July 2019 - armc1 Revisiting my compiler for ARM/Raspberry Pi from 4 years ago, with a view to adding ARM architecture support to {vc2}.

January - June 2019 - vc2 Mainly developing this new multi-architecture ChaOS compiler in parallel across x64 and IA64 platforms, spilling inevitably into support for 128-bit integer and floating point arithmetic formats.

December 2018 - cc Significant changes to ChaOS embedded compiler to properly support 64-bit integers as structure members and function arguments. (These data types were added to simplify structure definitions for UEFI partitions, and prepare the ChaOS filesystem for files larger than 4Gb, and drives larger than 2Tb). Up to this point these entities have been compilable, but silently cast to their 32-bit equivalents. Assembly workarounds are used for programmatic access to the upper 32 bits. I have removed the automatic casting, so cc now throws errors until the affected expressions are explicitly cast back to 32-bit. Hundreds of source code adjustments have already been made, thankfully without breaking the operating system and embedded compiler. These changes means ChaOS now supports long long ints for load and store, as function arguments on the 32-bit stack, and as function return values in register pair edx:eax. The support for these 64-bit integers is, although limited, now clearly defined. I may yet graft in support for 64-bit arithmetic, because the two-register model will upscale to my x64 compilers for 128-bit integer operations.

September/October/November 2018 - ia64 Unbelievably acquired Itanium 9300 i2 (Tuwkila) and Itanium 9500 i4 (Poulson) flagship blade servers for throwaway money. All the side-issues relating to booting an Itanium server in the c7000 blade environment have been successfully overcome. My i4 bl870c conjoined blade has three out of four processors present, 48 Itanium CPU threads in one computing unit. I now have the broadest range of working Itanium testbeds going forward.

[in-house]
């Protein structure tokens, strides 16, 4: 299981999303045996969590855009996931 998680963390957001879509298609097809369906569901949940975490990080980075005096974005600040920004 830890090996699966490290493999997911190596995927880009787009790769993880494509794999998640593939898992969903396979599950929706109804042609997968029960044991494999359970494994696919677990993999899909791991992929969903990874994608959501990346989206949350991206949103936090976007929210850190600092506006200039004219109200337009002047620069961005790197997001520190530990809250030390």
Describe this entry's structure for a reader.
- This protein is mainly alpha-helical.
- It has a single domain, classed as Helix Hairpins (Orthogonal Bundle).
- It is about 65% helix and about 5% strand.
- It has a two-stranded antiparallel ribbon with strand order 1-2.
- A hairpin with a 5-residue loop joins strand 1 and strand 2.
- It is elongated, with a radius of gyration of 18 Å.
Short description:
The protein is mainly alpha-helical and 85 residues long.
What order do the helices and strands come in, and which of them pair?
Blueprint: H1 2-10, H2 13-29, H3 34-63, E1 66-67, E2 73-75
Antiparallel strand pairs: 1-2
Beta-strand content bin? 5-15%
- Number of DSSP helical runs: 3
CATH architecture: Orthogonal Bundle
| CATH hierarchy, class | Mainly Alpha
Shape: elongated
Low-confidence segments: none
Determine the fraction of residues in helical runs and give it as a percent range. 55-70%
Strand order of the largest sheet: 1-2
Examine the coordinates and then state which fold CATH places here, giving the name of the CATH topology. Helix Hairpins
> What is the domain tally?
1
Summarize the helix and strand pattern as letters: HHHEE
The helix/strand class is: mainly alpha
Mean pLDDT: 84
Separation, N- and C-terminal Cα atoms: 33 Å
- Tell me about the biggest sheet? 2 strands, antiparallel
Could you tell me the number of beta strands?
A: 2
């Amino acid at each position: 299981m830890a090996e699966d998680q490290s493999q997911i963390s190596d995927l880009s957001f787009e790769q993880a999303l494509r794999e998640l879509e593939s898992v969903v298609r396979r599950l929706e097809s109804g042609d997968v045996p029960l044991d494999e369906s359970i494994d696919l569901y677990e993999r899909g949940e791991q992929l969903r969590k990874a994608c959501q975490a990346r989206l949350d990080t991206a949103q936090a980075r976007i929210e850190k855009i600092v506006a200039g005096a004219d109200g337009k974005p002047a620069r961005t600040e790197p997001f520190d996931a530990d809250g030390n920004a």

August 2018 - ia64/x64 Latest Itanium testbed is rx2660 server with twin 1.6GHz dual core CPUs, 8 threads in total. Current IA64 project is a pe32+ .efi image built around a debug_donkey with single-step, IA64 disassembler and register view. In parallel is x64 pe32+ .efi image, also with a debug_donkey, disassembler and single-step.. Steadily adding to a shared library of functions which compile for either architecture, exploring the EFI network interfaces. Very interested to see enthusiasts are compiling TianoCore for ARM, a platform which could be added to this thread.

May 2017 - {vc} vc=virtual compiler. Moving quickly on from {itc1} to separate the CPU from the C compiler, by providing a separate backed/inline assembler for each architecture supported. C compiler produces p-codes which are translated by an architecture-specific function and passed to the relevant assembler. Currently producing pe32+ .efi images for the IA64 project and for x64 in embryo form.

April 2017 - {itc1} Port of {ebc1} to compile for IA64 (Itanium) platforms. See here. I found two HP Integrity machines, one rx2600 and one rx2620 on eBay for fifty quid each. The Itanium is not the sort of processor you take home to meet your parents, it is a supermodel. Shame it is coming to end-of-life but no doubt it lives on beneath the Intel x86-64 microcode.

March 2017 - {ebc1} Port of {armc1} to produce EFI Byte Code, for the EFI pre-boot VM (provided it is supported in firmware). Producing small test programs which run unchanged on x86-64 and IA64 platform. Looking for IA32 and ARM EFI testbeds.

November 2015 - {armc1} Stumbled across the fact that Raspberry Pi runs (basic) Thumb code, began producing binaries for this platform.

So ChaOS is now being ported to Raspberry Pi. My compiler accepts simple HTML files as sources, for easy viewing over the internet.

May 2015 - {armc1} started, the ChaOS compiler for ARM platforms, targeting Thumb mode on Arduino Due and STM Nucleo flash microcontrollers.